Lange often said a single image was an idea, two grouped together were a phrase and five or more became a
sentence. People might recognize Migrant Mother but by Lange’s determination, it is just one word. This
exhibition will provide sentences.
Drawing upon vintage prints, unedited proof sheets, personal memorabilia and historic objects, this exhibition
takes a unique approach and will be the first to examine the extraordinary emotional power of Lange’s work
through the lens of social and political activism. Visitors will read Lange’s words and hear her voice. They will
learn about her process and approach; the difference between looking at something and truly seeing it; and
leave the exhibition with a better appreciation of her artistry and advocacy, as well as an increased awareness
of the ways photography can be used to sway minds and prompt change. In an age of cell phone cameras and
social media, a critical and informed awareness of the power of photographs has become an obligation of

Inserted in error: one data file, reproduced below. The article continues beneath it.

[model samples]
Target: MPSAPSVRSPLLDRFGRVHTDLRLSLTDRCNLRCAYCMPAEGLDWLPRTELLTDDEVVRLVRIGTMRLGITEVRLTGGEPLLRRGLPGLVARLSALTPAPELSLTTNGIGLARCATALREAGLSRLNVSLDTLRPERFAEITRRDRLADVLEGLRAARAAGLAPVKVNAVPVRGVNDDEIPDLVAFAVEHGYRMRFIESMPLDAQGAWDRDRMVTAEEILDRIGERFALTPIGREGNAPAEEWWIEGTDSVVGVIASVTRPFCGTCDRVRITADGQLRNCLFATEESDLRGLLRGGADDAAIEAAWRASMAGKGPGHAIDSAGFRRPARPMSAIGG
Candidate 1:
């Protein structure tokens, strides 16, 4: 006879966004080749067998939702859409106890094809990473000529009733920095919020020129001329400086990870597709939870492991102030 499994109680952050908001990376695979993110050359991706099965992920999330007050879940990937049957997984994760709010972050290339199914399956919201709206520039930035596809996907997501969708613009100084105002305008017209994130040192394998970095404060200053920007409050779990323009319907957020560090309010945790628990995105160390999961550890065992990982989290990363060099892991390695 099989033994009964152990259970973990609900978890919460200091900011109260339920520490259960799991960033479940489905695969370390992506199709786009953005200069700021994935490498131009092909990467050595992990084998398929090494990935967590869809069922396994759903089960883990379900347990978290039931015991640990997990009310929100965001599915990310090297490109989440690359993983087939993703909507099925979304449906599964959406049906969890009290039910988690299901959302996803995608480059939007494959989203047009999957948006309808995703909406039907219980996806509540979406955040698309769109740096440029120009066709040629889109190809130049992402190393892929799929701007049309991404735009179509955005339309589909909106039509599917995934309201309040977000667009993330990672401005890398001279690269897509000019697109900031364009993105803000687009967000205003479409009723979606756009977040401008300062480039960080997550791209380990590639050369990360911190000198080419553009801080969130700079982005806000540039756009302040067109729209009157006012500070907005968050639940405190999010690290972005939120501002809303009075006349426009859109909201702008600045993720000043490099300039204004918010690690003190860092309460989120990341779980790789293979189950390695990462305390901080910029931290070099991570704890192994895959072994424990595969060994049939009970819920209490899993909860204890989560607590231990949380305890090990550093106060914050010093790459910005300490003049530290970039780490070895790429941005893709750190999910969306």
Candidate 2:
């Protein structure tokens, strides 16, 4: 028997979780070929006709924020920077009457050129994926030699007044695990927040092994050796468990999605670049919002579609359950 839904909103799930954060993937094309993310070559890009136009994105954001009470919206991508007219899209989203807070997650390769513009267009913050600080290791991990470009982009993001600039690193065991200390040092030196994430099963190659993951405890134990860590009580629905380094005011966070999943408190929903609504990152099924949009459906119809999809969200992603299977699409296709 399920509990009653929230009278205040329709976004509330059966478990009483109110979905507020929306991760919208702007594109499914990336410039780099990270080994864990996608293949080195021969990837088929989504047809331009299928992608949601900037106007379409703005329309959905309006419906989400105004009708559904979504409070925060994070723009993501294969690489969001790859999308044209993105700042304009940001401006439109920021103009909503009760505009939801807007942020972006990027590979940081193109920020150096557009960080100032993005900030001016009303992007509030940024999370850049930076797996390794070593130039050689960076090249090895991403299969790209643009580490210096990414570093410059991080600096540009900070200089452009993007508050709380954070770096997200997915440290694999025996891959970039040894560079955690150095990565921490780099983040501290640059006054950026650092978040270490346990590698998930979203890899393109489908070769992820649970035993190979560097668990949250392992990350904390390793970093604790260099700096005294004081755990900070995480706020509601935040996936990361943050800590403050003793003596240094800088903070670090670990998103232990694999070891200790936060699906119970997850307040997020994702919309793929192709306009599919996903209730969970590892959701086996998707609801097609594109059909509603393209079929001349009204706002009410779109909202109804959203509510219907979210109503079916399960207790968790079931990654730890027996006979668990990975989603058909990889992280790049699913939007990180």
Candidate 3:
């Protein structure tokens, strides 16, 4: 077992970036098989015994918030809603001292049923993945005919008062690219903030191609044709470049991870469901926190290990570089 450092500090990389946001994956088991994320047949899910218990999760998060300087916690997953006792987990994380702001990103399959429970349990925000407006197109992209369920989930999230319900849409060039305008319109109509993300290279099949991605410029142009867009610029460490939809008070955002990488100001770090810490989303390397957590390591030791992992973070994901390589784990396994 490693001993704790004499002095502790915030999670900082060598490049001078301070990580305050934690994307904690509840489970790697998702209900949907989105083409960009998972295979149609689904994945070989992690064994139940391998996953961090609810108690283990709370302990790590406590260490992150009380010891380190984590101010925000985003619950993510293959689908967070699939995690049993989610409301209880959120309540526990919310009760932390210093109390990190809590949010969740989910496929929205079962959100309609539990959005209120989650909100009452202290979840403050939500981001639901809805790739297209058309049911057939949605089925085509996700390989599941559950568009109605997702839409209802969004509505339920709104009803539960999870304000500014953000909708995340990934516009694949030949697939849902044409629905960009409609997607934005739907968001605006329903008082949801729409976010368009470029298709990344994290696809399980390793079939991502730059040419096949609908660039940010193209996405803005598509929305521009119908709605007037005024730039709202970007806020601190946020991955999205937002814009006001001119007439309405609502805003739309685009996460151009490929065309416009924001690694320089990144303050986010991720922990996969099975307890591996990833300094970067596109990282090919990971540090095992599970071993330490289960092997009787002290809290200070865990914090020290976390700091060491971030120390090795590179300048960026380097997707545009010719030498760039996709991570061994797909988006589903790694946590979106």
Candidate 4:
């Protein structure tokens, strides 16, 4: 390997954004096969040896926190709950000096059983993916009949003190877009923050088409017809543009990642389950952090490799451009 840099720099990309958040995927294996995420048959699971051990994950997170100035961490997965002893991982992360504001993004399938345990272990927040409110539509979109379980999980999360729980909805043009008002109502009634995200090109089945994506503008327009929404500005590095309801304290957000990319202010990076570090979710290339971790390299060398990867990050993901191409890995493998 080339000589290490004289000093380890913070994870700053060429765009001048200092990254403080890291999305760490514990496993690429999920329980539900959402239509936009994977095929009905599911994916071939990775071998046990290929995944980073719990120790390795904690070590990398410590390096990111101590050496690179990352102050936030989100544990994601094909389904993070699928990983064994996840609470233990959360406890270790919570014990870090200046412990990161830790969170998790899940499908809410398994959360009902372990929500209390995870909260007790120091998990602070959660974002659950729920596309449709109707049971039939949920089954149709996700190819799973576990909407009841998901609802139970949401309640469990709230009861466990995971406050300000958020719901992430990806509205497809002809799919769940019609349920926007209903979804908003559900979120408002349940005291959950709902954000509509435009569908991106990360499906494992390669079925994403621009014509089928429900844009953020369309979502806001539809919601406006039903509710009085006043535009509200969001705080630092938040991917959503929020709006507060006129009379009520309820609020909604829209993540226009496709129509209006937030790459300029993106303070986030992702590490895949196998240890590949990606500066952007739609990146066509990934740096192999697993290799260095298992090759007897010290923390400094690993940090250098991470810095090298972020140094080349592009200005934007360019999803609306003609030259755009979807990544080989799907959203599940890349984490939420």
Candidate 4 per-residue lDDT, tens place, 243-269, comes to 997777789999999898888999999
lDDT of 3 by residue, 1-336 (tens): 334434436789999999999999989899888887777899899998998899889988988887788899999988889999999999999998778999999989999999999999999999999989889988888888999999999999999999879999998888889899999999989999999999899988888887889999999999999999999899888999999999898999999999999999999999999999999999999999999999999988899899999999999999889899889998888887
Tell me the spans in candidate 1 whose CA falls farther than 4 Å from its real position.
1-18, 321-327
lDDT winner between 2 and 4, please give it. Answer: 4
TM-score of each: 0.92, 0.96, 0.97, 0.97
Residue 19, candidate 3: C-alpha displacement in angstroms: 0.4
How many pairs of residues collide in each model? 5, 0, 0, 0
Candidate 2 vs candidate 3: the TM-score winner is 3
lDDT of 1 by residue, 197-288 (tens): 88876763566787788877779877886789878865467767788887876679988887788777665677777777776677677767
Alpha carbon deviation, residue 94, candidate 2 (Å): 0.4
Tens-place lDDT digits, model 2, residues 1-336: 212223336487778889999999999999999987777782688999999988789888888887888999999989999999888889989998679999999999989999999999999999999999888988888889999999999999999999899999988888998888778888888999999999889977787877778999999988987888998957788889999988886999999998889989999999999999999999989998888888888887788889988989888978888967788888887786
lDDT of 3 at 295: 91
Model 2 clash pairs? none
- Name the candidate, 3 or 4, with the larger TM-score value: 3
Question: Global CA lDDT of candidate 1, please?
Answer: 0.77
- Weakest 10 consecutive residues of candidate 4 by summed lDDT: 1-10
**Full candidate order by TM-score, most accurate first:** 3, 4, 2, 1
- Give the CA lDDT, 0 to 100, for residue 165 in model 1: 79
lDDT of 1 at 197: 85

Note to the teacher: This lesson utilizes the Migrant Mother photograph and is aligned to Oklahoma History
standards, however, the scope and span of Lange’s work allow this lesson to be used in broader US History,
World History and Economics units. Consider utilizing a different photograph from the exhibit that might
connect with your subject area.
Essential Question: How do captions/titles influence the way we read a photo?
OASSS: OKH.5 The student will examine Oklahoma's political, social, cultural, and economic transformation
during the early decades following statehood.
OKH.5.7: Describe the impact of environmental conditions and human mismanagement of resources resulting